Under such a scenario, there is enough liquidity. If this is not the case, it will display an error saying ‘Insufficient liquidity for this trade’.

The QuickSwap Fork

QuickSwap was forked from the Uniswap project last year. Uniswap is the largest decentralized exchange on Ethereum, and the 4th largest decentralized finance (DeFi) dApp on Ethereum by Total Value Locked (TVL) according to DeFi Pulse (at the time this article was written).

Uniswap kicked off an incredible surge of enthusiasm and activity on Ethereum because it makes it so easy to trade tokens. It’s trustless nature also provides significant security benefits because you don’t have to trust anyone with your tokens. However, Ethereum’s high transaction fees (called ‘gas’ fees) made it prohibitively expensive to use during times of congestion.

The QuickSwap team’s goal was to leverage the low fees and rapid confirmation times of Polygon’s Layer 2 technology, so they modified Uniswap (an open-source dApp) to run on Polygon and named the resulting project QuickSwap. Like Uniswap, QuickSwap has a native token called QUICK. QUICK may be purchased via the QuickSwap exchange with ETH or other tokens, or it can be awarded to liquidity providers.

QuickSwap is also open-source. Open-source software facilitates a significantly higher degree of accountability and is more auditable than proprietary software. This is important, considering that QuickSwap handles users’ funds. If you’re interested, you can view its source code on GitHub and even contribute to it! (by pitching a suggestion)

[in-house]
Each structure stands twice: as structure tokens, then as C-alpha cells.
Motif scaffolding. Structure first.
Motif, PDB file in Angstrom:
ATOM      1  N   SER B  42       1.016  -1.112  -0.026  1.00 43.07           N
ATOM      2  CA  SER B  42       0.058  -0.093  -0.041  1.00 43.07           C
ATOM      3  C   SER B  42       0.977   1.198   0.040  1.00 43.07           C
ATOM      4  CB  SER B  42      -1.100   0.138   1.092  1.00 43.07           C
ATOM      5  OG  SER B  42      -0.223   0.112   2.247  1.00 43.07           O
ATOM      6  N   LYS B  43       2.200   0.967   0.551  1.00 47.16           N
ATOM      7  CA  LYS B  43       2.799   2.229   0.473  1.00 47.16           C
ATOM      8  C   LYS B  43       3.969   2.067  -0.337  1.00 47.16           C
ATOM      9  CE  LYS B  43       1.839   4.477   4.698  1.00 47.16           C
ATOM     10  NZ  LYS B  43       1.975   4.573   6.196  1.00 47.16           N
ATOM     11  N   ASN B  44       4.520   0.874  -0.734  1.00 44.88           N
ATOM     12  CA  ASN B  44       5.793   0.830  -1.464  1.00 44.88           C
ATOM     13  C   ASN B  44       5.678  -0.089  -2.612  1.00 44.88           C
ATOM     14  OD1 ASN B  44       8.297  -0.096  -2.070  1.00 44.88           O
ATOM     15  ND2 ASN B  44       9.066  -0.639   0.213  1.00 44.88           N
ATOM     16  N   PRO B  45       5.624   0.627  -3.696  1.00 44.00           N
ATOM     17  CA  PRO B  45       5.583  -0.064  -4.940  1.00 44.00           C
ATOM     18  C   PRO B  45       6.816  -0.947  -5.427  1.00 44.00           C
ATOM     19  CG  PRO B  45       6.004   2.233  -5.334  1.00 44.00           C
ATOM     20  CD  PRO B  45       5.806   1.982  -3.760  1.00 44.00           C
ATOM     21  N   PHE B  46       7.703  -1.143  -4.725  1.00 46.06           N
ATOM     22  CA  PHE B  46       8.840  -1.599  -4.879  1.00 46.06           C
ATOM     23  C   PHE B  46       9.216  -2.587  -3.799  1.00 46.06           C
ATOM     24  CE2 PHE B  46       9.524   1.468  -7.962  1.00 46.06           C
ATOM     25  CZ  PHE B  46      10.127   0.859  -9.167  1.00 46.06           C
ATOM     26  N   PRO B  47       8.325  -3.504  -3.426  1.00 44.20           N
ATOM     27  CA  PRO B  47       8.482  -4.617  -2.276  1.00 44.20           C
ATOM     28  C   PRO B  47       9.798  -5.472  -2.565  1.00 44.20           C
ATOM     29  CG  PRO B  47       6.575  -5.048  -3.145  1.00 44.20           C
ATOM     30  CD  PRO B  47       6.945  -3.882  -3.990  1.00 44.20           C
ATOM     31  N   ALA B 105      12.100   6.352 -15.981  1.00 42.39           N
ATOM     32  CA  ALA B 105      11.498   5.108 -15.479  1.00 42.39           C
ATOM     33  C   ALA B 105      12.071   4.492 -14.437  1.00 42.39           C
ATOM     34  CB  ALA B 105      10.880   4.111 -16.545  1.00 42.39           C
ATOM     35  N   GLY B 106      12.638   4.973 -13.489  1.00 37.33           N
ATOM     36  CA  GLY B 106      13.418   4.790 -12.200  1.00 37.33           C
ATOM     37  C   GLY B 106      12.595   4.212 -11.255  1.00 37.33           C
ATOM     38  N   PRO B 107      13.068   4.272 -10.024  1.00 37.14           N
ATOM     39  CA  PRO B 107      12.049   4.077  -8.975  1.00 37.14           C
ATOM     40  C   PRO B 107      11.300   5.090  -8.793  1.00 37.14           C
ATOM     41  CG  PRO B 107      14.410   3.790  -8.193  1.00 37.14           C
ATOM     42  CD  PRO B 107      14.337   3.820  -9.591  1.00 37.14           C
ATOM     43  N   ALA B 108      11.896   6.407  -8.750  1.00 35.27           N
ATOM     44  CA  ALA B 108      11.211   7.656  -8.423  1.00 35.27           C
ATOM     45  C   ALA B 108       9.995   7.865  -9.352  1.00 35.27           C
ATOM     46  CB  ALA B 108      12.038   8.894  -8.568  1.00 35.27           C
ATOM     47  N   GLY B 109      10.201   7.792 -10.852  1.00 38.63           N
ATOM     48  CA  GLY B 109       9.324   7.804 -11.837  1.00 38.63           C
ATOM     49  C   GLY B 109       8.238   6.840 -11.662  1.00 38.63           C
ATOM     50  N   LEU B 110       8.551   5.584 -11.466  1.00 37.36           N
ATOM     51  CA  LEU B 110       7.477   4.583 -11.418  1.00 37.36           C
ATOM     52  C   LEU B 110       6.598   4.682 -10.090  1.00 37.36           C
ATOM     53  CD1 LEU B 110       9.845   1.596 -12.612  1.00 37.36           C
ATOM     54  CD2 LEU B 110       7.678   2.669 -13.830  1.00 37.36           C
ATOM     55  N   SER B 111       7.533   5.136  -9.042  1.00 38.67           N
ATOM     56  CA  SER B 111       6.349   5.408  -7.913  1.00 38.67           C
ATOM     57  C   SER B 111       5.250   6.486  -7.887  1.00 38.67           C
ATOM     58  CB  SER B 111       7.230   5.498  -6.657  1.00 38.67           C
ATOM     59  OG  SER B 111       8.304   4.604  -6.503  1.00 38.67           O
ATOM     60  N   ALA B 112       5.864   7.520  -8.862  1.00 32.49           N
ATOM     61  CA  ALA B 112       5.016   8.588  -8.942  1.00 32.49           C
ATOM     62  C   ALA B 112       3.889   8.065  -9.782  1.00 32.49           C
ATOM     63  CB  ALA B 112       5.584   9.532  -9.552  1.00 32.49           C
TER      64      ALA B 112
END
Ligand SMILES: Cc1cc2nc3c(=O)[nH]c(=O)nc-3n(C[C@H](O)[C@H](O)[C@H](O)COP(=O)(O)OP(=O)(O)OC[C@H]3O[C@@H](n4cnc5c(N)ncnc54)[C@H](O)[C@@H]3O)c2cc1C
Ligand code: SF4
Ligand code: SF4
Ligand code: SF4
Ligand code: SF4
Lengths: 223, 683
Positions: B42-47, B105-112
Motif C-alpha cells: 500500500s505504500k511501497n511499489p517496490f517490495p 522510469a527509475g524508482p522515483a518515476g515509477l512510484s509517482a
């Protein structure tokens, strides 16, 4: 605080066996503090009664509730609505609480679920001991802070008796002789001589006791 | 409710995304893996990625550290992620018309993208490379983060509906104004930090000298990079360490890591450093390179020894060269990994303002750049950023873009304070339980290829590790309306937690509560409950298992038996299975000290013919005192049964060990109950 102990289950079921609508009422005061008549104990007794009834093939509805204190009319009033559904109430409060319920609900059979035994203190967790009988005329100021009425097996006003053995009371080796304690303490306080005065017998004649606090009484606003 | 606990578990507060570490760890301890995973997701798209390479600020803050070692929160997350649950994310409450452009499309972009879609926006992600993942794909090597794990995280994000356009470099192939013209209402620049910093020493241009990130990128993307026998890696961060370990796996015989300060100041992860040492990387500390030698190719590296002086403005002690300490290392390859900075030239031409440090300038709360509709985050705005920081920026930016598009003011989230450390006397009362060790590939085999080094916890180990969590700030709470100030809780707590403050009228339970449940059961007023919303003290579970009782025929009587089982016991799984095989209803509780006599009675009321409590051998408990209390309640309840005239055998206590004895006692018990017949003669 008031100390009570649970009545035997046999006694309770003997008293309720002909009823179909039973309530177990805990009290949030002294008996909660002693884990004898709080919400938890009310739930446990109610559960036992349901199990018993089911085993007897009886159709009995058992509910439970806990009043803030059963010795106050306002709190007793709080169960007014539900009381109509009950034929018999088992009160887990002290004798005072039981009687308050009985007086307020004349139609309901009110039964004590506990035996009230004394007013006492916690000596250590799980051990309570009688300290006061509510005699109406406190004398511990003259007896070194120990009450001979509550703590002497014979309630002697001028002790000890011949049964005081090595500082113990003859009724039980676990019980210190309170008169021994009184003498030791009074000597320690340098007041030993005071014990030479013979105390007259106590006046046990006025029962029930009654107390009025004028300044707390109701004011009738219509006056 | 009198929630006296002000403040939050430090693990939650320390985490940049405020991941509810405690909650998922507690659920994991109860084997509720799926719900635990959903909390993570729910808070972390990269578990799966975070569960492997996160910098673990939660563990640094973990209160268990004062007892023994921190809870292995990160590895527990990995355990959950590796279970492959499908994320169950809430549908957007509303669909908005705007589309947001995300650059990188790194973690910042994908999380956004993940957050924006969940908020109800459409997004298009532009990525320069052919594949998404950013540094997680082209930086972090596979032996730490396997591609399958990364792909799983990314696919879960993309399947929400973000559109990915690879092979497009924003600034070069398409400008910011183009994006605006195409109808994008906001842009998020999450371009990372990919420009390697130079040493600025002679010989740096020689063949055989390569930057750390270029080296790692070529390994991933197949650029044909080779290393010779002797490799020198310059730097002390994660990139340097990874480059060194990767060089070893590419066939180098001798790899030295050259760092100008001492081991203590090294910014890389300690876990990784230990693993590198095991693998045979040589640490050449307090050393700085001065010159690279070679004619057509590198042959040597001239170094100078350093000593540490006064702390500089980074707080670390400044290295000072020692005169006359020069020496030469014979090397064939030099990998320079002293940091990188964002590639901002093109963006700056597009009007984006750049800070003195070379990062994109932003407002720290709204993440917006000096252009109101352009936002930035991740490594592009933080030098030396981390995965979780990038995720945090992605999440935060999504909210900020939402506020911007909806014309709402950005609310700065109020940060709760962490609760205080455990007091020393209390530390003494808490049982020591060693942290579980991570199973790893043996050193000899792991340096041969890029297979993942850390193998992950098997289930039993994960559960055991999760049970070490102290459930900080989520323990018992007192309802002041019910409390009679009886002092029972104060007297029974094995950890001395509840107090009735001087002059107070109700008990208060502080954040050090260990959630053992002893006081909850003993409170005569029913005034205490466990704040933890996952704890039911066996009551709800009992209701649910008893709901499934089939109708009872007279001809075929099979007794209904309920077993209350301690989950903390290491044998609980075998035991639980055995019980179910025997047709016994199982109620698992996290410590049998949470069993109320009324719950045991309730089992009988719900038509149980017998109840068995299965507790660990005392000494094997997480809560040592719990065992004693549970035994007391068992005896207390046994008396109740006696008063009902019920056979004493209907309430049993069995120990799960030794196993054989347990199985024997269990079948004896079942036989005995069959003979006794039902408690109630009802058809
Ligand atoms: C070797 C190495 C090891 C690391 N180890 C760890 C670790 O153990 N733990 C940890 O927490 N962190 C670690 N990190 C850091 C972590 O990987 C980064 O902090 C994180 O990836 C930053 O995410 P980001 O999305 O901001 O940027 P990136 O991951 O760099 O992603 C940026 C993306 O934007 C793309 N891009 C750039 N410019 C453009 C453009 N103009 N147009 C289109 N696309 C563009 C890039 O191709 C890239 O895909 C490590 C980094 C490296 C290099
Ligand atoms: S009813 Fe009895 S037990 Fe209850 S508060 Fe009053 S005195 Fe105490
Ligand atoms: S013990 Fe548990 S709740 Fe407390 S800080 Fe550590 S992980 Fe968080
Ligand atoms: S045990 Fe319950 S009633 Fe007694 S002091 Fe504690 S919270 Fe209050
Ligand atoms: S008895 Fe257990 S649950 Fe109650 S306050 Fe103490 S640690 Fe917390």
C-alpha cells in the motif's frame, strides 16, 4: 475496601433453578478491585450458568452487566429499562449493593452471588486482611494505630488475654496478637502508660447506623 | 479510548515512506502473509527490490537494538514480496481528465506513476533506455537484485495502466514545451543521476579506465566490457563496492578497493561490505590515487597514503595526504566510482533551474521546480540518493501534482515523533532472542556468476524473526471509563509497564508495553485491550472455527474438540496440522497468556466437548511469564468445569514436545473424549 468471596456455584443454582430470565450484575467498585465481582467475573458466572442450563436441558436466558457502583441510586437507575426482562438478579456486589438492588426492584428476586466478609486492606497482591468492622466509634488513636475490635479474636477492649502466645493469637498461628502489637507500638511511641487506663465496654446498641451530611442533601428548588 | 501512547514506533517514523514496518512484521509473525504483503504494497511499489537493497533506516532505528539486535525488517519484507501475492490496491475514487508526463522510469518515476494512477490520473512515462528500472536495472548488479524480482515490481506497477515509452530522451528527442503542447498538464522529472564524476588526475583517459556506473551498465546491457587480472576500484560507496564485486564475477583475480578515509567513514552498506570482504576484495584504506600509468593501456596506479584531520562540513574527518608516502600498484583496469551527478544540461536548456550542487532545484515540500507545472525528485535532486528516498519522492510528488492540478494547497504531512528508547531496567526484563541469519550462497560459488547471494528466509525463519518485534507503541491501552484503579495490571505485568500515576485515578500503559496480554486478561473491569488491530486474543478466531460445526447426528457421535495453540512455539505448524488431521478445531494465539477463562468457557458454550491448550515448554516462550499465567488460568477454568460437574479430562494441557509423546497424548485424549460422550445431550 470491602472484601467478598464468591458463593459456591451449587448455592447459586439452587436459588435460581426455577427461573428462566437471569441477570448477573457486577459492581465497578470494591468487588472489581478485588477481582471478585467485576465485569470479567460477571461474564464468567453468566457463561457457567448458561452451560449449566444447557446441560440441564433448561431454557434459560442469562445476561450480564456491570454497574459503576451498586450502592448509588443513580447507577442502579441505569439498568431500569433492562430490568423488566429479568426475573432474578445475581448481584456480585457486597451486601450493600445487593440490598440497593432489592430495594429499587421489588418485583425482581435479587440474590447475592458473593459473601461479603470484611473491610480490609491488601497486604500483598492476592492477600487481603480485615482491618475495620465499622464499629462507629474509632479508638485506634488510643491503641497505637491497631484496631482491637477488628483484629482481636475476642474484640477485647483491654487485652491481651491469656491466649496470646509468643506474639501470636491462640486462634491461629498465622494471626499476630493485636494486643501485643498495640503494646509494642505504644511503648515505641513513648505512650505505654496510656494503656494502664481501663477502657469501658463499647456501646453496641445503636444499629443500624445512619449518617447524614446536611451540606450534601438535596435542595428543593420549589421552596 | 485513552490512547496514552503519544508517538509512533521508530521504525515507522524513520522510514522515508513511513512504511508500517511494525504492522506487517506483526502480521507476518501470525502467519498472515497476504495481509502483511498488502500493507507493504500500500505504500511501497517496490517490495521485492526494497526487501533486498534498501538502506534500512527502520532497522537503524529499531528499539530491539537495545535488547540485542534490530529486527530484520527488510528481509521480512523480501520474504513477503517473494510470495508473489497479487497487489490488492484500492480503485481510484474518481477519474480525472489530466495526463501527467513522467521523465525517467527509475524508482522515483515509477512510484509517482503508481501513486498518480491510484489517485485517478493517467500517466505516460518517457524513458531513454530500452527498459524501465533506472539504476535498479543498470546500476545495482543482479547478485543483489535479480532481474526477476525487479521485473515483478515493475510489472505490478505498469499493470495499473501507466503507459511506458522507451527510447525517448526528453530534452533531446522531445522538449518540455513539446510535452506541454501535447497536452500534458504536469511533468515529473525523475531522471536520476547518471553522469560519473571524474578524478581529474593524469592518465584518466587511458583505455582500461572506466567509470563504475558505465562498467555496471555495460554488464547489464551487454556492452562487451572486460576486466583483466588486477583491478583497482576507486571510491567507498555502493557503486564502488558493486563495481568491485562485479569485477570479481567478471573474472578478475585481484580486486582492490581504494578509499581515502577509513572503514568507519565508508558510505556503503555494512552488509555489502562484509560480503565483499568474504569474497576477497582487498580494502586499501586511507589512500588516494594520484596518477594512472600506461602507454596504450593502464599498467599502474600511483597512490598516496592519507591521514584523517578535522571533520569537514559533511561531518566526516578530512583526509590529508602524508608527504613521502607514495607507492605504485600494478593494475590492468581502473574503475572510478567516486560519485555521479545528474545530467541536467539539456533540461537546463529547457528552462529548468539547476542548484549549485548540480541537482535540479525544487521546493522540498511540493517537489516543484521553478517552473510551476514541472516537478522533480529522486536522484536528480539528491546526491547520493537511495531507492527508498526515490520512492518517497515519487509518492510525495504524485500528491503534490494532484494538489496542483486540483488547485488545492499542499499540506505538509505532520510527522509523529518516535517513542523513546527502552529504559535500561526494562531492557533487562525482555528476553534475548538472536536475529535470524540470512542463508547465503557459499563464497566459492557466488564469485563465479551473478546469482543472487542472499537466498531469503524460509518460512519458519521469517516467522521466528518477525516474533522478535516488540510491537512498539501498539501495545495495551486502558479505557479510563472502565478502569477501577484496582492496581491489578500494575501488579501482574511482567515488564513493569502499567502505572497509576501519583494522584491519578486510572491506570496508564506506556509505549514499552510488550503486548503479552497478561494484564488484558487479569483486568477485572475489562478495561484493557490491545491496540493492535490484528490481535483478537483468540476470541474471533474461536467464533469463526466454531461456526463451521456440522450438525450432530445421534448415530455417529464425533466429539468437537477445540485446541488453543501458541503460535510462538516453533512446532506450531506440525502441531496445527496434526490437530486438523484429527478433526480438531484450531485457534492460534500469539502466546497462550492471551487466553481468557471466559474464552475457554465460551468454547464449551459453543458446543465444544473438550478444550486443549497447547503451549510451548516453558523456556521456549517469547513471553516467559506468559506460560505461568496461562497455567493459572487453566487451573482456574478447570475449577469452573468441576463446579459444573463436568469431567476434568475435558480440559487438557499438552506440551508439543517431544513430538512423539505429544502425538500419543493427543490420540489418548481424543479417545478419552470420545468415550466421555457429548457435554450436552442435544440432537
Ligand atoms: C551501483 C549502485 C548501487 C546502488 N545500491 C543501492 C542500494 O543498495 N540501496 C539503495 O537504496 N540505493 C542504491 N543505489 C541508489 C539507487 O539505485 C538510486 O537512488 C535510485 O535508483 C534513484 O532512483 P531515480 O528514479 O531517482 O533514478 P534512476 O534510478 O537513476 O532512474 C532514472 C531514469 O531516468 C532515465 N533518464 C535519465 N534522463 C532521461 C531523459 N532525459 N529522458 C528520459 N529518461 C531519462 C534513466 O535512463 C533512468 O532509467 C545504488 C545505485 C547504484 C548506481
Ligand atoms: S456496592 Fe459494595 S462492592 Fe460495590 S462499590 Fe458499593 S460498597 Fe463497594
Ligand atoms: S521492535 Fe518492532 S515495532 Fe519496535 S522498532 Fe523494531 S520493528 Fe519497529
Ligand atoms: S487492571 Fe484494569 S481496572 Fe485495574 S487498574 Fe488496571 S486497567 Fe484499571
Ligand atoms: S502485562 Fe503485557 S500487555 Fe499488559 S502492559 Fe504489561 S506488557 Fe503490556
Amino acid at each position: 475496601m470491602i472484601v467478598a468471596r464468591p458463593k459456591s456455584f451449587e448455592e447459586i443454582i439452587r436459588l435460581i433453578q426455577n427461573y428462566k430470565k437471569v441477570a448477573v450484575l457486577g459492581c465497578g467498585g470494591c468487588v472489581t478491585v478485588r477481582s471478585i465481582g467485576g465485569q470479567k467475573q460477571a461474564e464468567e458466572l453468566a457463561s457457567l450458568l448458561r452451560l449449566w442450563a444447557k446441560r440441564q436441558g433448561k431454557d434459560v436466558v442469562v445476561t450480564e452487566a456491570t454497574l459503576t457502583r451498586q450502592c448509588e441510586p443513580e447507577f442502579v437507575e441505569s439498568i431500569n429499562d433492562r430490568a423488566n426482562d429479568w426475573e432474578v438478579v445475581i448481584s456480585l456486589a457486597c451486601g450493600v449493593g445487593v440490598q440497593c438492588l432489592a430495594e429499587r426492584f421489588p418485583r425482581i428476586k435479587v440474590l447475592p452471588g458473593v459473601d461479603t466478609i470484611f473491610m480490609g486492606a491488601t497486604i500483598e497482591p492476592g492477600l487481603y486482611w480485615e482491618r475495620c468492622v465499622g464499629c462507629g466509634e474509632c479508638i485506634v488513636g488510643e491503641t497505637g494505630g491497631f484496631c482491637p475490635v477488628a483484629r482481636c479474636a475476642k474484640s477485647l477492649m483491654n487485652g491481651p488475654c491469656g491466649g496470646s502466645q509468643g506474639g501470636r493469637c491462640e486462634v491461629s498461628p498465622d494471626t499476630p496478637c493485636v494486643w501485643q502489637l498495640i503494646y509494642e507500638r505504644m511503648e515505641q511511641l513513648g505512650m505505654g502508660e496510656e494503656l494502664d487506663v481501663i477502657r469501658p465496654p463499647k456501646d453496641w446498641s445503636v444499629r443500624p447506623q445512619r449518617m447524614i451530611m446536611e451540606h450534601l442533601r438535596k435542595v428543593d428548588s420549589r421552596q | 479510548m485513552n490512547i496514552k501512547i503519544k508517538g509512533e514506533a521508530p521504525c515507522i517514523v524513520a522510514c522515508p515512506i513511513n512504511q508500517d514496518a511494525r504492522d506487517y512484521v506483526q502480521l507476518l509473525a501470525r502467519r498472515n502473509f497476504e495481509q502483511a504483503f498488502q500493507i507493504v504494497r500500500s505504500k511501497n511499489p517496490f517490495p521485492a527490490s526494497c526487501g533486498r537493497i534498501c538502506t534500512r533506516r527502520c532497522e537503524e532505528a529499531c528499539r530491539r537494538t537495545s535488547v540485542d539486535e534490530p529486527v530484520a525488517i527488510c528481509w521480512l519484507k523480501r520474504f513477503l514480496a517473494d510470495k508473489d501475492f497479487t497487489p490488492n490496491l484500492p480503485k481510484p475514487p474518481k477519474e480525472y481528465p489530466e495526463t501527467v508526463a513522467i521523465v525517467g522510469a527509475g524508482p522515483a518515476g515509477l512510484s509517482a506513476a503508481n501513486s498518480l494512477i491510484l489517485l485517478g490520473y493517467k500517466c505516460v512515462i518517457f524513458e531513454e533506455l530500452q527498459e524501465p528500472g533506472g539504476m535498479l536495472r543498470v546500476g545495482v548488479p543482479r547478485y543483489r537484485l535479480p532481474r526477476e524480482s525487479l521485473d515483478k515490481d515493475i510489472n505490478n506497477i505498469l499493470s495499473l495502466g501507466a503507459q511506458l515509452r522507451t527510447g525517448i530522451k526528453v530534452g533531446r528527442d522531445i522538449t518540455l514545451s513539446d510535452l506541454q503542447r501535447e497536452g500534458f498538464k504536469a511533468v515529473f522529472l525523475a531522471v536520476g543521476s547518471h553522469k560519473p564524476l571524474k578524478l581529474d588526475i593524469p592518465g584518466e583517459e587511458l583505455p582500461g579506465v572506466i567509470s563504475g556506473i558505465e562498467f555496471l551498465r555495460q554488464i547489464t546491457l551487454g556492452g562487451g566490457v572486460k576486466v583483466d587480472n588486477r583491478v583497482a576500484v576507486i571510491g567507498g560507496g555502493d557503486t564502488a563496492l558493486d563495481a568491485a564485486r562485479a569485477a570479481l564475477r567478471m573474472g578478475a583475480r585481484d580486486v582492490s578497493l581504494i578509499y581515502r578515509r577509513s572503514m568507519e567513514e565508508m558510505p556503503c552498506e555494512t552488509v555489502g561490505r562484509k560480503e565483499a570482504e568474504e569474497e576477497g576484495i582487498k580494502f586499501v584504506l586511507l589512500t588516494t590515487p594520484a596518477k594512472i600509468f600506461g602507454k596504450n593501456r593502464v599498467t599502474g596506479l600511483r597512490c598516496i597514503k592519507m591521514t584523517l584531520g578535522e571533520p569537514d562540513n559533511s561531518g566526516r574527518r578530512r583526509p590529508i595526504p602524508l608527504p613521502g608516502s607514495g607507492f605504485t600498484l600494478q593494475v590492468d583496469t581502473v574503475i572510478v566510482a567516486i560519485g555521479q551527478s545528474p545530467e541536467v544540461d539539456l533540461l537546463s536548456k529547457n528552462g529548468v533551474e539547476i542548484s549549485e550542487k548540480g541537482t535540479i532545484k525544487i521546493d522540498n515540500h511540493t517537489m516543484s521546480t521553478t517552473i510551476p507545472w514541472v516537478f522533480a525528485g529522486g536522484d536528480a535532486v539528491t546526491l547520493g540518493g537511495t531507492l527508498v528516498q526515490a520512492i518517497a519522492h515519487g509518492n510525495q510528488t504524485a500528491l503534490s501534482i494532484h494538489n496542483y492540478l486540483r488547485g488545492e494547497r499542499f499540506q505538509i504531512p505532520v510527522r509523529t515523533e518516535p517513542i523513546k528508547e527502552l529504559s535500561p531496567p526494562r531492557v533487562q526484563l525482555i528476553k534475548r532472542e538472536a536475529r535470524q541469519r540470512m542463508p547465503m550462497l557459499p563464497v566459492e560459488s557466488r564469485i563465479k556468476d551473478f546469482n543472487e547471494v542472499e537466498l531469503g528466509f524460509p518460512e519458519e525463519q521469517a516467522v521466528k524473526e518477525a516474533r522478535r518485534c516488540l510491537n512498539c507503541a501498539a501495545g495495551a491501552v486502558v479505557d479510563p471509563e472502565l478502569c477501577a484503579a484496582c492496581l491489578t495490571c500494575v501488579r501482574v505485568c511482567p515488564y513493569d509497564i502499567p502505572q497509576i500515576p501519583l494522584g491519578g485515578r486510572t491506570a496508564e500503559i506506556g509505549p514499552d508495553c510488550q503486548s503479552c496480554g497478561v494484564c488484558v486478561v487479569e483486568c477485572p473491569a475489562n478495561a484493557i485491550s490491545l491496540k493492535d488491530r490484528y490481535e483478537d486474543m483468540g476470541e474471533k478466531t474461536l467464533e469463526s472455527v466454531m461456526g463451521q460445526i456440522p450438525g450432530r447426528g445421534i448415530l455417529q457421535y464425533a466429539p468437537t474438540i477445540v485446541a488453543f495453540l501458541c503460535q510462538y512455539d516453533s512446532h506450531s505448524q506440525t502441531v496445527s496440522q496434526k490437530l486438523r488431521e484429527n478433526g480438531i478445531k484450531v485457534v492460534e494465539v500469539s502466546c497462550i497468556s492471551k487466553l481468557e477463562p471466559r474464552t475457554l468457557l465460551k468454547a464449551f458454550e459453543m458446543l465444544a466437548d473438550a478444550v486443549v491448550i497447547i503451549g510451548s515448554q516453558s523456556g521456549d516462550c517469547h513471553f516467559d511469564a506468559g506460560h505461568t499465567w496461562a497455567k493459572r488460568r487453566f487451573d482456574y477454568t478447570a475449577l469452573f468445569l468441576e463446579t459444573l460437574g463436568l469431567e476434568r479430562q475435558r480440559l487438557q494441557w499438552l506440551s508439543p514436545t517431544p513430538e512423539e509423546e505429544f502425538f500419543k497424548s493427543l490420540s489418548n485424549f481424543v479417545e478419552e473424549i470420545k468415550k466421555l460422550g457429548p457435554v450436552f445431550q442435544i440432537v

Screenshot of QuickSwap source code

The image above is a small portion of QuickSwap’s source code — more specifically the smart contract named ‘Quick’. There are several other smart contracts, which perform various functions. QuickSwap is written primarily in the Solidity programming language and Typescript (a JavaScript-like language). Solidity is the language used to write Ethereum smart contracts.

Routing: Finding The Best Price For Your Trade

QuickSwap incorporates the ability to carry out a sequence of multiple token swaps in order to take advantage of the best possible price for your trade. For example: For a previous exchange, it traded QUICK > SX > DAI in order to convert my QUICK tokens to DAI at the best possible price. You don’t have to do any of this yourself, it chooses the best route for you and executes the trades automatically.

Price Impact Warnings

QuickSwap provides price impact warnings at the bottom of your trading dialog once you have selected your trading pair and the amount that you’re trading. This is a useful heads-up that tells you the difference between the market price and the estimated trade price. That difference is determined by the size of your trade. It also allows you to set a price impact limit in order to cancel your trade/limit your losses if it is too high.